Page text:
A day in the Emberá Pura village in Panama.


by Lene Neverdal

A few hours from the concrete jungle Panama City lies another world. People live in huts made of bamboo, and eat what they can find in nature. They dress up in clothes suitable for the jungle, and paint their bodies with henna-tattoos. I got to take part in this world for one day.

There are seven different groups of indigenous people in Panama, Emberá Pura is one of them, and some of them live in an area close to the Panama Canal. After a one hour drive followed by a one hour riverboat trip from Panama City, we arrive in the little village. A welcoming band wearing almost nothing at all meets us as we arrive. The women and children greet us with big welcoming smiles. They have flowers in their hair and their bare bodies are decorated with geometrical patterns. I’m feeling a bit insecure about where I should lay my eyes, and hide behind my camera.

The center of the village is a football field. The children play football bare feet, with a only small cloth around their waste. The football is a tennis ball and it gives the goalie a challenge. The adults are socializing in a market place next to the football field, where they sell their handy craft and are chatting and laughing. We get to spend time with the children and the adults. Few of them speak Spanish or English, but we communicated other through body language.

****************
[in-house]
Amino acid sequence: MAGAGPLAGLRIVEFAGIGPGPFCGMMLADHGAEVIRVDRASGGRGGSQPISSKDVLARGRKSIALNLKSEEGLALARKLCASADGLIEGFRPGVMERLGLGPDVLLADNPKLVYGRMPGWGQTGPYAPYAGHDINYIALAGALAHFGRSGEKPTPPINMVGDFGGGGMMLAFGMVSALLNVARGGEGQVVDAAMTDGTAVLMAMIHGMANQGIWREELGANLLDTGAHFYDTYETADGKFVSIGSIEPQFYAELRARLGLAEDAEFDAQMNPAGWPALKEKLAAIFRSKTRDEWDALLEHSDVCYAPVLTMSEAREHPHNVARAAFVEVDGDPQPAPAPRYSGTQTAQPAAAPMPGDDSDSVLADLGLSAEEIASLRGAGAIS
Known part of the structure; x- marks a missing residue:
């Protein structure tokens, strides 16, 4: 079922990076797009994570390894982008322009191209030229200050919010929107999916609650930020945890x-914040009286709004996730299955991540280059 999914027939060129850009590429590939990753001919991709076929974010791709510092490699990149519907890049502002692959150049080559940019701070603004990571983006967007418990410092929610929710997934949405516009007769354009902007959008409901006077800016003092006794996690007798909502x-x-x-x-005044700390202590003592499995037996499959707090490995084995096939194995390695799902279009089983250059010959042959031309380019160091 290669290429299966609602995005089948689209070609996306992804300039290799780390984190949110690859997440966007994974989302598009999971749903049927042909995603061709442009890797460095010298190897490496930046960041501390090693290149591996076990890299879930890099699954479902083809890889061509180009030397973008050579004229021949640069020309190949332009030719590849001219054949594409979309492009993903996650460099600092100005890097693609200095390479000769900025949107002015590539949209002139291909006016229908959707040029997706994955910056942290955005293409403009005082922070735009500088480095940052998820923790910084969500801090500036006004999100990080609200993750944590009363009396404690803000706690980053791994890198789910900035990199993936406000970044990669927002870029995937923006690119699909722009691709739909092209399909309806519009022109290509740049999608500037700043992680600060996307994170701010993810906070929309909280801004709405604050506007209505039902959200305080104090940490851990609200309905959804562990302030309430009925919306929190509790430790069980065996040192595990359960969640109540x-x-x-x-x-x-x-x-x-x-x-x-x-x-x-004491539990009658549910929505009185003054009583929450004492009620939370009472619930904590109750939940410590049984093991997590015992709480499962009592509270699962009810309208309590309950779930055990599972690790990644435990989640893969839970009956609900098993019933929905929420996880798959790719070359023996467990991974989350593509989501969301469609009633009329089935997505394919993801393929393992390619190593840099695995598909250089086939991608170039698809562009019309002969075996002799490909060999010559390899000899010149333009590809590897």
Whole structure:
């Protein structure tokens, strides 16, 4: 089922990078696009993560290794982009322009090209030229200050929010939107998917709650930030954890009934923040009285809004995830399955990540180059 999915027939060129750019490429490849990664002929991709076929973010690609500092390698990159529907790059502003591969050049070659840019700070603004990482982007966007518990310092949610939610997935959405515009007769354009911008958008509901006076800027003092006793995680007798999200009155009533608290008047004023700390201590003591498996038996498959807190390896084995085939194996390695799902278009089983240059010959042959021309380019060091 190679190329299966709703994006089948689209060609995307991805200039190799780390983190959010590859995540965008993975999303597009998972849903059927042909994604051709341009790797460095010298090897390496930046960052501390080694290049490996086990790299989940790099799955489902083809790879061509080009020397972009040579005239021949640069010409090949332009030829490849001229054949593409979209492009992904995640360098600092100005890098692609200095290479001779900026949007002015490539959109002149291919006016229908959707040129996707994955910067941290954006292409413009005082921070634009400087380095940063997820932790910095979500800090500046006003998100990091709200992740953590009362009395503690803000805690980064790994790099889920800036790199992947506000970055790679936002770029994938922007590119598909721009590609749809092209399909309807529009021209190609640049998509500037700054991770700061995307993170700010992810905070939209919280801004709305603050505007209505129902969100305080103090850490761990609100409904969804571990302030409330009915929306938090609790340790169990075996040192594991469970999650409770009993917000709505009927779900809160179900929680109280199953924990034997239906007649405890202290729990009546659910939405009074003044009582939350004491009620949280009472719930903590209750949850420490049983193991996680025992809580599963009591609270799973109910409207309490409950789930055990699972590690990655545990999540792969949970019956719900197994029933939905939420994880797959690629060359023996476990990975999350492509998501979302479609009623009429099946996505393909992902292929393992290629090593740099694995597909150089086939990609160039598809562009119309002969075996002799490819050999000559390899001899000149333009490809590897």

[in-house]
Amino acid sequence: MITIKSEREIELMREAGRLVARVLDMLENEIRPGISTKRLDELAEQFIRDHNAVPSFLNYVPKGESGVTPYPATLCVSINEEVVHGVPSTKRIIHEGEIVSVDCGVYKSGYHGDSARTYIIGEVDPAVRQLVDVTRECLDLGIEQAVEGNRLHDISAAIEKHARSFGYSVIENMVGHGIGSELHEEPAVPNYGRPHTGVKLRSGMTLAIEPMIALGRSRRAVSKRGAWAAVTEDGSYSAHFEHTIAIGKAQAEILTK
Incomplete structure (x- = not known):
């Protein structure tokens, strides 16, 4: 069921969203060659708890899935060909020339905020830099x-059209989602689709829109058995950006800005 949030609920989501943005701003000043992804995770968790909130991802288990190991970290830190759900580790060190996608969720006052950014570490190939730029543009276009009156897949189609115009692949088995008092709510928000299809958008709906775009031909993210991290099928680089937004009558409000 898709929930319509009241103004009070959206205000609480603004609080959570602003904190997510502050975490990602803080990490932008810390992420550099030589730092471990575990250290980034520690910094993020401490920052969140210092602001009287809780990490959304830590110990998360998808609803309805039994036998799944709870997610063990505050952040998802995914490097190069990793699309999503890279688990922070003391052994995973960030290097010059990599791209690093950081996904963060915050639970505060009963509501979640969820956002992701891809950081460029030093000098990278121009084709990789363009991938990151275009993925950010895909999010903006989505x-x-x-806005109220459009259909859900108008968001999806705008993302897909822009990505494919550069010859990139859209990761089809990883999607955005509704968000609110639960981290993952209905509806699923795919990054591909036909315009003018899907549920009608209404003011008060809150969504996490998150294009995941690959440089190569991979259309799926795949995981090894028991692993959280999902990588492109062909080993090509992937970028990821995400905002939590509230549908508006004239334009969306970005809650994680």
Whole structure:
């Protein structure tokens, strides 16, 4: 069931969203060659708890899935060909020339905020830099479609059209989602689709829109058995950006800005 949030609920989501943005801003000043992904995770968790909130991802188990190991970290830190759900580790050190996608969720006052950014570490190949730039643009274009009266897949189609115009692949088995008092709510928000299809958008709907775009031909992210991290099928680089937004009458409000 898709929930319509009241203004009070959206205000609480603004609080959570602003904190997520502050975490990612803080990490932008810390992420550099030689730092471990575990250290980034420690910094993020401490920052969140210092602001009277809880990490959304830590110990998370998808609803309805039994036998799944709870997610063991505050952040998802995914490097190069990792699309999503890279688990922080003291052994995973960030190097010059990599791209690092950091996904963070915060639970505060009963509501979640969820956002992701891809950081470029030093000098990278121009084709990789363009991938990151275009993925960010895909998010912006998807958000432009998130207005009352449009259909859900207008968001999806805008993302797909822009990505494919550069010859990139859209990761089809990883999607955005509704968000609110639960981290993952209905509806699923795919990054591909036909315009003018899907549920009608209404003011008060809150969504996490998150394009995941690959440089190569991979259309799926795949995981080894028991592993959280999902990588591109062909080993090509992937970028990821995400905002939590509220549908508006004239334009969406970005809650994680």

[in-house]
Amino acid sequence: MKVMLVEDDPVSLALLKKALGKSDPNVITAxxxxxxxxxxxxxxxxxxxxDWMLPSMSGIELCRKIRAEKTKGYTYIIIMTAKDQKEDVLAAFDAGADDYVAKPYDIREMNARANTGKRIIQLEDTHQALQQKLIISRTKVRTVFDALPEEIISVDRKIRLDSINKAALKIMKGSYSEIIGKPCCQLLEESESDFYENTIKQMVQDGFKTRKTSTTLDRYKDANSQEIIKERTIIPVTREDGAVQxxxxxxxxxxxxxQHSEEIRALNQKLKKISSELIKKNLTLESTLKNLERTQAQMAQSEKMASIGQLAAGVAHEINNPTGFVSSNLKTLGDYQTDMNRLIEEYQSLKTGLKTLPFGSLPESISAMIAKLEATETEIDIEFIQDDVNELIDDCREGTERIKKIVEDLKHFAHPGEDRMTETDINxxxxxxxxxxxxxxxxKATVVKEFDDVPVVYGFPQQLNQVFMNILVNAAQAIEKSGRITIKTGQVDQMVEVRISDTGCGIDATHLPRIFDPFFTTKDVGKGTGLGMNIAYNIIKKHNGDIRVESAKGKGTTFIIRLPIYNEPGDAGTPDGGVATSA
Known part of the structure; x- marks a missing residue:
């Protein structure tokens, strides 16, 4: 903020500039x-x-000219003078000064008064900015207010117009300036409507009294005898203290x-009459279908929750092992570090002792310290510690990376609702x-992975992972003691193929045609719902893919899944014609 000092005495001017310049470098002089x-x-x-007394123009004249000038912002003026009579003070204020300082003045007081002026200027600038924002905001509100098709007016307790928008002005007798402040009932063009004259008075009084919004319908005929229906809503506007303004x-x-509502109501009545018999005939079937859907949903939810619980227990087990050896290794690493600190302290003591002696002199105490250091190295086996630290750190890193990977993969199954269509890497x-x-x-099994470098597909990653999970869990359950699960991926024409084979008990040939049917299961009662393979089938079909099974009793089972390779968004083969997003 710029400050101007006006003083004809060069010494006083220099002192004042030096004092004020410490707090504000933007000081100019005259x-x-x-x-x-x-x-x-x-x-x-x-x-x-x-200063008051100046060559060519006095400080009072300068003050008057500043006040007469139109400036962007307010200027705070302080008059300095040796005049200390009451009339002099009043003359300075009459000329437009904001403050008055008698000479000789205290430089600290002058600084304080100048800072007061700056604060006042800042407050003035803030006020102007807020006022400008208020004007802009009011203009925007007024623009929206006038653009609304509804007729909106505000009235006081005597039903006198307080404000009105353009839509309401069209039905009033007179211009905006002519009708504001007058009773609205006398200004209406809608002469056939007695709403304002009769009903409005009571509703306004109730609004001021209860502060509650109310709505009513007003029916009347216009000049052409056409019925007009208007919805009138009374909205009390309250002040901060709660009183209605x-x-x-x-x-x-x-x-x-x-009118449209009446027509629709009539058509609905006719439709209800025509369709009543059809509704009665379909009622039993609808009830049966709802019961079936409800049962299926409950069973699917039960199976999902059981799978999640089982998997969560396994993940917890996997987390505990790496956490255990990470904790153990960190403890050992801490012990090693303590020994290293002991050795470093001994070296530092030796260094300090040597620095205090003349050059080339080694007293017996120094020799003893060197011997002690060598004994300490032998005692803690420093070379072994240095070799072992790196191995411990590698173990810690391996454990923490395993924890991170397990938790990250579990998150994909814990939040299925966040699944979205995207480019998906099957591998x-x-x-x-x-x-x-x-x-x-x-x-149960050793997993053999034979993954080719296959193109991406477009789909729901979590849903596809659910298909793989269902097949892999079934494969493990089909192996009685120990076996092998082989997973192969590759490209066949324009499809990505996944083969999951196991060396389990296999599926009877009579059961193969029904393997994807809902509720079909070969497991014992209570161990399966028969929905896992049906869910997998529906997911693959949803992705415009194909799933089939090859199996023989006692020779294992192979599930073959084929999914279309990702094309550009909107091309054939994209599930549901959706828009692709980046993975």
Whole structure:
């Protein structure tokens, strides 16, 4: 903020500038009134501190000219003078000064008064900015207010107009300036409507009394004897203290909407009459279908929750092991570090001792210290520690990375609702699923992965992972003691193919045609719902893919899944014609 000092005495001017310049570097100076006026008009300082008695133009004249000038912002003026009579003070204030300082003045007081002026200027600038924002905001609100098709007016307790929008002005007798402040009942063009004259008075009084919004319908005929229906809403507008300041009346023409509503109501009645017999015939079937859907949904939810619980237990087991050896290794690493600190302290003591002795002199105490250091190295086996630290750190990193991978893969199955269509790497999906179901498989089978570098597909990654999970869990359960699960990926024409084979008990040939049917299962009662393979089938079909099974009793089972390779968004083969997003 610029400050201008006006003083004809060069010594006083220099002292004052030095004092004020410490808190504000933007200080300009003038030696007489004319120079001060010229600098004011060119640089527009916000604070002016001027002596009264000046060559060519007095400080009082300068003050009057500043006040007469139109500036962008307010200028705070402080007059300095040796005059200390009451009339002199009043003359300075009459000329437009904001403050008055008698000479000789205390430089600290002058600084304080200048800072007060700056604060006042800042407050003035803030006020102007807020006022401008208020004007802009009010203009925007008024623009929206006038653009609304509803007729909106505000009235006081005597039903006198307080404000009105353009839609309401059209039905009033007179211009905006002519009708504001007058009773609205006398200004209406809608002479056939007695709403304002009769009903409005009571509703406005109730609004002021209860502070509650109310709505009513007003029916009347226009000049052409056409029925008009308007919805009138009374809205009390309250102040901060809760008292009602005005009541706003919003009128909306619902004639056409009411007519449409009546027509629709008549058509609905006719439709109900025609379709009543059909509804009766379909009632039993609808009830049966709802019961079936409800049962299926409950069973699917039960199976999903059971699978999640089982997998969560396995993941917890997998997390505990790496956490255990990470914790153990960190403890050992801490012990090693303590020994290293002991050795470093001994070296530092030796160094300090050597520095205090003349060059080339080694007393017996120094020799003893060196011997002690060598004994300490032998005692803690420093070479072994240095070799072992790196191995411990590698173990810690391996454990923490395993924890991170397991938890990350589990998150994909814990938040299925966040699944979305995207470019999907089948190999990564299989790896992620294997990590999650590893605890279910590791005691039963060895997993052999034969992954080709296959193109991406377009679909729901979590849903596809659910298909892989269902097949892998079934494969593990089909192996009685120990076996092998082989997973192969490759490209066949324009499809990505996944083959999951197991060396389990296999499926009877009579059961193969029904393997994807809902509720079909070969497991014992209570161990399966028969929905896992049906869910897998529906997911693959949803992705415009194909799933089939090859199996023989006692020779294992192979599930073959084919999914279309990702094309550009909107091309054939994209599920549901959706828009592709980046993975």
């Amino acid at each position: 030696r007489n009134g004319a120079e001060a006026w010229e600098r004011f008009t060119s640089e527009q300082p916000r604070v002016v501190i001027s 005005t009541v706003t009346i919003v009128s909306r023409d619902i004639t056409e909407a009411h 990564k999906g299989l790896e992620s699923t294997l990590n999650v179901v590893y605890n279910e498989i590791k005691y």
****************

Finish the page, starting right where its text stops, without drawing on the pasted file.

Around the football field lies the small bamboo huts, where the families live. Around 15 families live in the village, and they get everything they need from the nature around them. Food, bamboo to build houses, materials for their handy craft and medicine.

There is a school in the village. The children wear school uniforms and, the teacher is wearing a dress. “Can you imagine wearing that in the jungle,” the guide says. We are welcome to visit the school, where the children give us a greeting in English. At school they get to learn some Spanish, and a few words in English. If they want more education after fifth grade they need to go to Panama City, and adjust to a life with streets and clothes.

The day ends with dancing and singing. Half naked women and children are dancing and jumping around me, and it is starting to feel normal. It is weird how soon you get used to nudity. I envy their freedom, and their simple way of life. We go back to the traffic in Panama City, and the Emberá people continue living their peaceful life close to nature.

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